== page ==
It was the darkest of night, New Year’s Eve, 2014. Adrenaline was coursing through my veins. I had just run away from a hallucination the size of a skyscraper. Now I was seeing shadows in every house I passed, watching me. I thought I was in hell.
We have all heard the quote, “If you’re going through hell, keep going.” But what keeps that person going?
That night, I had something called amphetamine-induced psychosis. How that happened, I still have no clue. I must have accidentally taken a double dose of my ADD medication. Granted, I had been running on 3-, 4-, or 5-day sleep deprivation for three months, so I think anyone would be hallucinating at that point.
I thought someone evil was chasing me. I was running as fast as I could; all I remember was running. The scariest part was, I saw a hallucination of myself with blacked out eyes I perceived to be evil. But it was no hallucination in the moment, it was subjectively real to me. I still have to remind myself, four years later, that it was just a hallucination.
The police officers eventually found me because, apparently, I had broken some things by accident. I had a wooden stick in my hand, and I threw it to the ground. I put my hands up, but that didn’t matter. An officer shot his taser at me. I don’t blame him. My town doesn’t have a CIT program, and if I were in his shoes, and if I weren’t trained in crisis response, I would have done the same thing.
I didn’t have my contacts in that night, so my hallucinations and delusions filled in the void. So, the police officers were now Nazis, sent to kill me. Unfortunately, but as any person would do in that situation, I fought back. Oh, how persuasive the senses can be, regardless of whether they’re right. After about the fourth tase, I blacked out.
I woke up in the hospital a few days later dying of kidney failure. I had been tased seven times. I was given a ton of Zyprexa for a few months, so nothing really processed. When they took me off Zyprexa and put me on a low dose of Seroquel, I started regaining my cognitive functions, and as I started re-integrating into my old friend circles, I started processing what actually happened. That’s when the PTSD set in.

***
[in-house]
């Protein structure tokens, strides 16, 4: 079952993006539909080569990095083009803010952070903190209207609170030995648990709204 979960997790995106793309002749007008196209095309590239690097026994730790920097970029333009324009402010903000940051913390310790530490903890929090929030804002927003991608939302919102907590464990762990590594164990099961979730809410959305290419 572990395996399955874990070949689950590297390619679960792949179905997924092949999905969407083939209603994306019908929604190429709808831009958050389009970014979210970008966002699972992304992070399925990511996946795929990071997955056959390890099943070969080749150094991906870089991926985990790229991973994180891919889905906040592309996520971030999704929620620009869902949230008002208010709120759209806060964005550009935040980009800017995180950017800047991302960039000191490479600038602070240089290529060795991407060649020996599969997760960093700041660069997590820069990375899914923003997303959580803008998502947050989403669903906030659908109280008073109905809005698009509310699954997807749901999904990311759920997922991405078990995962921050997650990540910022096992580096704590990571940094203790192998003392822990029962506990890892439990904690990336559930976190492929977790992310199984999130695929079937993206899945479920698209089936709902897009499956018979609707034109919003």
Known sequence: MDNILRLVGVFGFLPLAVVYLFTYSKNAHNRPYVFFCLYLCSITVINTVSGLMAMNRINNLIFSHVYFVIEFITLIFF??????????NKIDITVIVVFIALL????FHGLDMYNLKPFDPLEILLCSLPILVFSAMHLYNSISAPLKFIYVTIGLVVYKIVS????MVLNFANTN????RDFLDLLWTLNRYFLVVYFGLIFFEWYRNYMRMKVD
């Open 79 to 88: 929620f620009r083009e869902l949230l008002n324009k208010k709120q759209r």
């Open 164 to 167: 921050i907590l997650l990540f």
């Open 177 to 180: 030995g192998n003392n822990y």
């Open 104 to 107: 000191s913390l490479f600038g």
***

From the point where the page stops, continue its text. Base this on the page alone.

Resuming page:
I don’t need to tell you what PTSD is like. I don’t need to tell you what bipolar disorder is like. I don’t need to tell you what anxiety is like. I don’t need to tell you how hard it can be having upwards of five full-strength panic attacks a day. I don’t need to tell you what it’s like feeling like someone else is controlling your brain the first time you have a flashback. I need to tell you why I keep going.
Things are not as they are supposed to be. There are so many wrongs in society: People are sick and facing injustice, and many officers don’t know how to respond to people facing a mental health crisis. If things are not as they are supposed to be, then that means there is an opportunity to make things right. And if there is an opportunity to make things right, there is hope.
I get up every morning to finish my new degree because I hope I can help people who are in crisis with words, not tasers. I help people with mental illness because I hope I can be that voice of educated experience that I never had after my first manic episode. I have hope that those in power will prioritize training law enforcement how to handle mental health crises. I have hope that one day things can be better.
If you’re going through hell, reach out for hope. You never know, it just might grab hold of you.
Jordan Parks is interning with NAMI NC this Fall as Public Policy & Advocacy Intern. He will graduate with a B.S. in Psychology and contentration in Crisis Counseling from Liberty University. His passion is to see the first responder community and the mental health community come together as one healed community that honors, respects, and compassionately helps each individual member.
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